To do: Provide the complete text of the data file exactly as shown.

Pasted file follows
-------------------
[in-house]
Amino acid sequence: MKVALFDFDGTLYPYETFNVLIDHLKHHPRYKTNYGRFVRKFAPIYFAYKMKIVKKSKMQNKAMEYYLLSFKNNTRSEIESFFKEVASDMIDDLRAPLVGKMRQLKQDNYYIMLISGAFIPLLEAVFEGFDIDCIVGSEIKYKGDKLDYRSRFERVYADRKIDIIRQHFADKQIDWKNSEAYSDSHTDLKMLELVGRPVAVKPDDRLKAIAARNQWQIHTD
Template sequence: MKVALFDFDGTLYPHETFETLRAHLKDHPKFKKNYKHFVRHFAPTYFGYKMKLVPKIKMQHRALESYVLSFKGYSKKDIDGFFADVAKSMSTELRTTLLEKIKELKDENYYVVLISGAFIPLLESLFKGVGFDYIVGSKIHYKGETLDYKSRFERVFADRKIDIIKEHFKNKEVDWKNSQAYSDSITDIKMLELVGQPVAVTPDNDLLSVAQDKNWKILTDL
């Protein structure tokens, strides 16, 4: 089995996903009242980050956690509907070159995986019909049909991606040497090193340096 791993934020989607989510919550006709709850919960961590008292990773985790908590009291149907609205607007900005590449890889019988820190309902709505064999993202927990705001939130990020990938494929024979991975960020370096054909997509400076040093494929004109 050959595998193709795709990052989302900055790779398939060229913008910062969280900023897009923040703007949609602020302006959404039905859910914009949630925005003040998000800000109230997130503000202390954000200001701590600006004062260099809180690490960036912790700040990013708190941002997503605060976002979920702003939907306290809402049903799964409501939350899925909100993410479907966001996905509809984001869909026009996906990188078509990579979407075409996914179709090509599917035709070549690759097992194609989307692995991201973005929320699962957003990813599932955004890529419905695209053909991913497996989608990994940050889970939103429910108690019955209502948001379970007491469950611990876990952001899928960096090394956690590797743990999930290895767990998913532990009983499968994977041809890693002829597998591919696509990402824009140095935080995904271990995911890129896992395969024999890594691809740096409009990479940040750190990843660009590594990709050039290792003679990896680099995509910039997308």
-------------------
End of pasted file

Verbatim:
[in-house]
Amino acid sequence: MKVALFDFDGTLYPYETFNVLIDHLKHHPRYKTNYGRFVRKFAPIYFAYKMKIVKKSKMQNKAMEYYLLSFKNNTRSEIESFFKEVASDMIDDLRAPLVGKMRQLKQDNYYIMLISGAFIPLLEAVFEGFDIDCIVGSEIKYKGDKLDYRSRFERVYADRKIDIIRQHFADKQIDWKNSEAYSDSHTDLKMLELVGRPVAVKPDDRLKAIAARNQWQIHTD
Template sequence: MKVALFDFDGTLYPHETFETLRAHLKDHPKFKKNYKHFVRHFAPTYFGYKMKLVPKIKMQHRALESYVLSFKGYSKKDIDGFFADVAKSMSTELRTTLLEKIKELKDENYYVVLISGAFIPLLESLFKGVGFDYIVGSKIHYKGETLDYKSRFERVFADRKIDIIKEHFKNKEVDWKNSQAYSDSITDIKMLELVGQPVAVTPDNDLLSVAQDKNWKILTDL
């Protein structure tokens, strides 16, 4: 089995996903009242980050956690509907070159995986019909049909991606040497090193340096 791993934020989607989510919550006709709850919960961590008292990773985790908590009291149907609205607007900005590449890889019988820190309902709505064999993202927990705001939130990020990938494929024979991975960020370096054909997509400076040093494929004109 050959595998193709795709990052989302900055790779398939060229913008910062969280900023897009923040703007949609602020302006959404039905859910914009949630925005003040998000800000109230997130503000202390954000200001701590600006004062260099809180690490960036912790700040990013708190941002997503605060976002979920702003939907306290809402049903799964409501939350899925909100993410479907966001996905509809984001869909026009996906990188078509990579979407075409996914179709090509599917035709070549690759097992194609989307692995991201973005929320699962957003990813599932955004890529419905695209053909991913497996989608990994940050889970939103429910108690019955209502948001379970007491469950611990876990952001899928960096090394956690590797743990999930290895767990998913532990009983499968994977041809890693002829597998591919696509990402824009140095935080995904271990995911890129896992395969024999890594691809740096409009990479940040750190990843660009590594990709050039290792003679990896680099995509910039997308």